Jordan continues the recent trend of young adventurers. Earlier this month, 16-year-old Australian Jessica Watson became the youngest person to sail solo around the world non-stop and unassisted. Thousands lined Sydney Harbour to cheer her as she cruised past the finish line in her pink yacht.
In January, 17-year-old Johnny Collinson of Utah in the US became the youngest person to climb the highest peaks on all seven continents.
Just one mountain remains in Jordan's own quest to climb those peaks, the Vinson Massif in Antarctica.
Sunday Times, May 22
Community and rescuers assist injured Magaliesberg hiker
Numerous hikers, rock climbers, volunteers, private and public emergency services organisations
came to the assistance of a man who fell and sustained a fracture to his lower leg in the
Magaliesberg North of Johannesburg on Sunday 9 May 2010. The hiker was hiking with friends in the
beautiful Tonquani gorge (near Mooinooi in the North West Province). He slipped and tumbled some 5m down a gulley leading to the bottom of the gorge. He was assisted by bystanders, rock climbers and first-aiders whilst paramedics and volunteer rescuers made their way to the relatively
inaccessible gorge. After being carried out of the 100m deep gorge a South African Air Force (SAAF)
Oryx helicopter airlifted the man to Unitas hospital where he was admitted.
In addition to rock climbers, fellow-hikers (including a school group) rescuers from Lomnin Rescue,
Netcare 911, the Mountain Club of South Africa’s Search and Rescue team, the Off Road Rescue Unit as well as a helicopter form the SAAF 17 Squadron rushed to the assistance of the man.
The incident took place at around 12:30 but due to the inaccessibility of the gorge bystanders first
had to climb out of the gorge before being able to raise the alarm via a cell phone. The man was
placed in a stretcher and then carried out of the gorge. Due to the steep terrain the stretcher was
secured during the carry out of the gorge using the climbing ropes of rock climbers who happen to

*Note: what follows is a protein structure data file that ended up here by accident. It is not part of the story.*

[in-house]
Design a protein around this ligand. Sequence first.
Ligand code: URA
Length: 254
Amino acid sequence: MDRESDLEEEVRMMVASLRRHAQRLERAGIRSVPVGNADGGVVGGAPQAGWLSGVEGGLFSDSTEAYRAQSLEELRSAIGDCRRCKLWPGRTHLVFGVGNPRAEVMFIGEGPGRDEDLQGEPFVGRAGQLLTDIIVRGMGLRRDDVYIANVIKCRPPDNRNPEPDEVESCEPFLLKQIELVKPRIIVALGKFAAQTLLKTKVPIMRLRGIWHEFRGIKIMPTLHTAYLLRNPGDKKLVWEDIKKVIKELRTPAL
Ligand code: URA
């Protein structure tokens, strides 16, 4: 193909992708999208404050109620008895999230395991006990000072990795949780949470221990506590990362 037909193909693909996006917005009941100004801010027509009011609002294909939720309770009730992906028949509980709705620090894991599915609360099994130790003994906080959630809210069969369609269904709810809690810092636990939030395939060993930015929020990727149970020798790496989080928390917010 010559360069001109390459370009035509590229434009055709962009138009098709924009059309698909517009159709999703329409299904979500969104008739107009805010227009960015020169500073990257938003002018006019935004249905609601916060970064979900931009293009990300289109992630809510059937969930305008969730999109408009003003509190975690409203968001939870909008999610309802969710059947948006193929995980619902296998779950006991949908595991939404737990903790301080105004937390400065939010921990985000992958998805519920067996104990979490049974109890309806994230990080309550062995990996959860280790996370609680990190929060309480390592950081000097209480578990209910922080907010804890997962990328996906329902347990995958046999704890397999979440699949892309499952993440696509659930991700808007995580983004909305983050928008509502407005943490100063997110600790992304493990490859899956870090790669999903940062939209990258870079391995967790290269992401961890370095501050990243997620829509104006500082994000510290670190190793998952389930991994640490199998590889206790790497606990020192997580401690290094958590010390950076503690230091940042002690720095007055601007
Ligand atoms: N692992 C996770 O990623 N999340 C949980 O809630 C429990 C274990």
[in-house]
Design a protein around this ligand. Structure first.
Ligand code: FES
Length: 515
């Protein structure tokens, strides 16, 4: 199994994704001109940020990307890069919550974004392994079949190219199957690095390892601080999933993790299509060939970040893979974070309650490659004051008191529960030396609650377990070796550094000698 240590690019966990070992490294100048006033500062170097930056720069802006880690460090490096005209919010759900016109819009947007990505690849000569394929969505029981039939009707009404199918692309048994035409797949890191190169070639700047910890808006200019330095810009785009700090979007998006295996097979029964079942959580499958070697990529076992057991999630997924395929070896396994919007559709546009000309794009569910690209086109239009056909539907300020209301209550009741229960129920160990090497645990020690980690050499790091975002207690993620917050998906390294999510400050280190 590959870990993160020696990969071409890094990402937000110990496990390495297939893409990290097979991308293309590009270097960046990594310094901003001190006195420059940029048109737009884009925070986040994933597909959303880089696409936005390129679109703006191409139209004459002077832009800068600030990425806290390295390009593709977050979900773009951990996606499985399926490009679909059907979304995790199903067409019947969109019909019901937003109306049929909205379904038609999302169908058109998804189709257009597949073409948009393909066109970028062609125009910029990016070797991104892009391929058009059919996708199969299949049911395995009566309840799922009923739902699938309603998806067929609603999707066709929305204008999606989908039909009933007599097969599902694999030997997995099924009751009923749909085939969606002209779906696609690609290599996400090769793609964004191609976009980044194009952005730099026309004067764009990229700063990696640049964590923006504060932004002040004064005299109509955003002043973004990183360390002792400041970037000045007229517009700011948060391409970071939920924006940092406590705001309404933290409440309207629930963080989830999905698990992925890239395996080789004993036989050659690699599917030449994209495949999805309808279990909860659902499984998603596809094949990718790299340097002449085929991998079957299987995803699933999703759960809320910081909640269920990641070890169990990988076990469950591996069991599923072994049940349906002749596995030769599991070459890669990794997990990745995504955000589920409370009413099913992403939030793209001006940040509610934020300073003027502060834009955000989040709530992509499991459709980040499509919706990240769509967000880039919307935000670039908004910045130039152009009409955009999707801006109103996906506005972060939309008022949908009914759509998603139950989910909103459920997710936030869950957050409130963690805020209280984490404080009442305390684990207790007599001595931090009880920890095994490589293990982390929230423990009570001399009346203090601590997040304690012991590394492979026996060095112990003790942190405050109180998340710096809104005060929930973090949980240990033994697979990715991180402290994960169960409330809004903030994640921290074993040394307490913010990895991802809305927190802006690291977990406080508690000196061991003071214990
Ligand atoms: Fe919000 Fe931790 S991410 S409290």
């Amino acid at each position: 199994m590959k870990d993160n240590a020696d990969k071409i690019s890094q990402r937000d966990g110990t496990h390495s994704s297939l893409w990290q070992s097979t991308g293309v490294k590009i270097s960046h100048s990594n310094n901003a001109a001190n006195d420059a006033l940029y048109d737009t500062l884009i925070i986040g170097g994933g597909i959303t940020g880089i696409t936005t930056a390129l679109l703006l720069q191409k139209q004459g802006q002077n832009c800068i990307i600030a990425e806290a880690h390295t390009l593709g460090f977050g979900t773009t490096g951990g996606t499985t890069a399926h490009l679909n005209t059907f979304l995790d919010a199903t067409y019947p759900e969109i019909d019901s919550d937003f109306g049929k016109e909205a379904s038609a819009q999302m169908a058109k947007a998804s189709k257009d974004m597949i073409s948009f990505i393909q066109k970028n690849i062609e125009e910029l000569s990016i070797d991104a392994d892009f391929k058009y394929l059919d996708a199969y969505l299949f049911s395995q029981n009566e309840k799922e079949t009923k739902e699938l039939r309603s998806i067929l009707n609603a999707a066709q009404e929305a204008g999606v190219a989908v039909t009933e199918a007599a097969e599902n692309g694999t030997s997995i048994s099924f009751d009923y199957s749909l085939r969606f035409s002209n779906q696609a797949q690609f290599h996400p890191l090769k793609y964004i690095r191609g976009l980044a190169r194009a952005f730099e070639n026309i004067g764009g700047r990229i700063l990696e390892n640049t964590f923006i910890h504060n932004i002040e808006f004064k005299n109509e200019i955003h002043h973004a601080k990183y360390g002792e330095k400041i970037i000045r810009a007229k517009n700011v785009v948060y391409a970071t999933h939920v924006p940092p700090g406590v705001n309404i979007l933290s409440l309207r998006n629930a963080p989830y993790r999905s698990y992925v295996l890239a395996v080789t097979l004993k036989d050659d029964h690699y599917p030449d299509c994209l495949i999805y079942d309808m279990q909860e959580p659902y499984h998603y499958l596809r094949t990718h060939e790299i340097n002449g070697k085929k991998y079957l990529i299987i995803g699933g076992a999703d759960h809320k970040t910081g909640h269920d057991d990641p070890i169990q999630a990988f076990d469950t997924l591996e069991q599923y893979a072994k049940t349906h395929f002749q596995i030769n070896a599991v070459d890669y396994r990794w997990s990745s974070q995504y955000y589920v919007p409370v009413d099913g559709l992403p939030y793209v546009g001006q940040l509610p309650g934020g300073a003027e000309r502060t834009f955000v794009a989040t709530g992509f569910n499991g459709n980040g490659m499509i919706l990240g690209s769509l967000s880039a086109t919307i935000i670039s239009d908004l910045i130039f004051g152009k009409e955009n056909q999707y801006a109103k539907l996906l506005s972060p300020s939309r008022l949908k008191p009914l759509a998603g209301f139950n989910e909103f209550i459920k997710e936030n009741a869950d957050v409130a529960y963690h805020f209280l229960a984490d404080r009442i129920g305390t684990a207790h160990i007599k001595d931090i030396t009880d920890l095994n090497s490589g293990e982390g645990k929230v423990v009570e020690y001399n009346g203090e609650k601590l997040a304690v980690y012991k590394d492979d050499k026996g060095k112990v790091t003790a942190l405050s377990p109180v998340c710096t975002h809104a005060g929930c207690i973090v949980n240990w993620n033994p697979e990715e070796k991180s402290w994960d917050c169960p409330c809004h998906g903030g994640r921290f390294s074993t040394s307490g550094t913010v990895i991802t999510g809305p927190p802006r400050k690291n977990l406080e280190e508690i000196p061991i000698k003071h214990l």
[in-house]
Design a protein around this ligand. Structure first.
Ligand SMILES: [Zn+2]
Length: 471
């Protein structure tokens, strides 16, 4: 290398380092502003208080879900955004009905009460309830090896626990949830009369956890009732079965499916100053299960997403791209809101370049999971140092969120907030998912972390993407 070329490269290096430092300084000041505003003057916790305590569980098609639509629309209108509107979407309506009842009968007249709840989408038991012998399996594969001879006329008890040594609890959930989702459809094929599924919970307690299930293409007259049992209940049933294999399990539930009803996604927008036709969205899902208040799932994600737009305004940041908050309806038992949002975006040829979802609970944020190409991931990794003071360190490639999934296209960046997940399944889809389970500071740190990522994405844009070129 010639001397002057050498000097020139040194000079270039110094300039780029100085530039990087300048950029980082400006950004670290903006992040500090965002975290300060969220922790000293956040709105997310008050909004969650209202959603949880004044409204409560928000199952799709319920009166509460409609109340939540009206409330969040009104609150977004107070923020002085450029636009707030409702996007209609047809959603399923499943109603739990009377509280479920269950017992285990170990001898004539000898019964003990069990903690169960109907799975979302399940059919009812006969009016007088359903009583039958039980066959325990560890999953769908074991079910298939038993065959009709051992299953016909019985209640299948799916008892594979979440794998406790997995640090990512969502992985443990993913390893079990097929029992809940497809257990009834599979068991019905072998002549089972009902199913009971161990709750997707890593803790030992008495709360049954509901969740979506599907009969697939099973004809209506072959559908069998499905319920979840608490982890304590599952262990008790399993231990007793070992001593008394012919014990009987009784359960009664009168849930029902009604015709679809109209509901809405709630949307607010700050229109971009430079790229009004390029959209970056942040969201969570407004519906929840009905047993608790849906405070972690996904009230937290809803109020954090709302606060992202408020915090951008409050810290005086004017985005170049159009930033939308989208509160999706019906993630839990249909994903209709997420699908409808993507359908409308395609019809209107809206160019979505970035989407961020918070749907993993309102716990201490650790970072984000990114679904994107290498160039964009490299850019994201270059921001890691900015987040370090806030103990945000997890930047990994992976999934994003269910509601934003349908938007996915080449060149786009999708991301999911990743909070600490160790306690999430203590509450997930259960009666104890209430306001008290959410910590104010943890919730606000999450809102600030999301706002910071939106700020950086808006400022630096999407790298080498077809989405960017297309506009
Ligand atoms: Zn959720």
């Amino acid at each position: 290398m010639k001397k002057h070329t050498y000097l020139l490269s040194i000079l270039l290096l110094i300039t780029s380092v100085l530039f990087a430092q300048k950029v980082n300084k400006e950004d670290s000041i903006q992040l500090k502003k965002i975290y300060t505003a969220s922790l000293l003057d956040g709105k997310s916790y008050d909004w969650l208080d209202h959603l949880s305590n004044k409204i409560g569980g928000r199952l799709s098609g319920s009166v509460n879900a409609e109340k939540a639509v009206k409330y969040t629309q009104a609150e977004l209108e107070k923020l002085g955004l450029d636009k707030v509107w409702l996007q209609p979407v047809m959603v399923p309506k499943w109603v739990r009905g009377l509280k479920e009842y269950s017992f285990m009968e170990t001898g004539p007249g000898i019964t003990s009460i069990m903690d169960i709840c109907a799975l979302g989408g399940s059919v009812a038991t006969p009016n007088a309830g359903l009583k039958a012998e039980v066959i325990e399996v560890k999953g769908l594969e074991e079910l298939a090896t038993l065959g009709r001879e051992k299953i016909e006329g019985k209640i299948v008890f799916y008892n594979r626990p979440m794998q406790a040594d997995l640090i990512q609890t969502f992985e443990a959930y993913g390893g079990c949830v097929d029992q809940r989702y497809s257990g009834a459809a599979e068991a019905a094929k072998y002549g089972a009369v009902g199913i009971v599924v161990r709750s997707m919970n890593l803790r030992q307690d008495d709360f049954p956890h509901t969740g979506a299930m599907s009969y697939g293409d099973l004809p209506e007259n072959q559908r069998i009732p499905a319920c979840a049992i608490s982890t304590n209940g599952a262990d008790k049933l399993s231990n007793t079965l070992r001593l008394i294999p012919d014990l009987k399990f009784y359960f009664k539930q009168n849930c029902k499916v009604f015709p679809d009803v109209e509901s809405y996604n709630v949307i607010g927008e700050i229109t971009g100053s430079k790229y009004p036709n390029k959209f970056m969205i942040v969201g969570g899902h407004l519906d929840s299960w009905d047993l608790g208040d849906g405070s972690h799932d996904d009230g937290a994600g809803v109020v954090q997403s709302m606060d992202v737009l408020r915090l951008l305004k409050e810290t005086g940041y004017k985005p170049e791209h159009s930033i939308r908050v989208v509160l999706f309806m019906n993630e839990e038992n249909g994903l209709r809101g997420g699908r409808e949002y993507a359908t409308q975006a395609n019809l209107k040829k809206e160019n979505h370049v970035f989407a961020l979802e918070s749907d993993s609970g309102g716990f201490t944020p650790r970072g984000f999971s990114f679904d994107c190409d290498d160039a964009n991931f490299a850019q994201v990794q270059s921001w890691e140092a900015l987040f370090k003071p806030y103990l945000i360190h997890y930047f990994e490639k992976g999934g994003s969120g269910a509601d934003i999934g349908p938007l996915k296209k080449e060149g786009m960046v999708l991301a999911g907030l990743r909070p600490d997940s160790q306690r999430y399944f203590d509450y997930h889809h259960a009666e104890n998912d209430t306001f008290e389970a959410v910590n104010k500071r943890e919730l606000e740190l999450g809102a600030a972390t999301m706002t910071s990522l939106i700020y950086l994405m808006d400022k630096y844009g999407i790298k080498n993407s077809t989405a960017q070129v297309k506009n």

be climbing the rock faces near to where the incident happened. The Oryx helicopter, which flew
from the Swartkop Air Force base in Pretoria, landed in an open area nearby and flew the man to
Unitas hospital where he was admitted at approximately 17:00.
If you have any contributions, please e-mail me. No guarantees, but most material is accepted.
Namaste and warm greetings from Nepal.
The 2010 Spring Mountaineering season from Nepal side has been very successful. My son, Dawa Steven Sherpa, Leader of Eco Everest Expedition 2010 and his team members returned to Kathmandu at the end of May safely and in good health.
Total Number of Climbers on Mt. Everest
This spring 2010 season we saw a slightly lower number of expeditions attempting Mt. Everest. On the Nepal side 157 foreign climbers and 190 High Altitude Sherpa climbed Mt. Everest. Though CTMA has not been able to provide us exact numbers, during this same season I predict the total number of climbers on the Tibet side to be around 165.
The latest information from the office of Ms. Elizabeth Hawley, chronicler of all Expeditions in Nepal, gives some very interesting facts. Between 1953 and 2009, the total number of ascents was 4557 by 3163 individuals (some having summited more than once).
Adding this year’s spring total of 513 ascents, of which 268 are new summiteers and the rest are repeat summiteers. In summary, the total number of ascent until today is 5070. Whereas, the actual number of persons having summited Mt. Everest is 3431 till date.
A new world record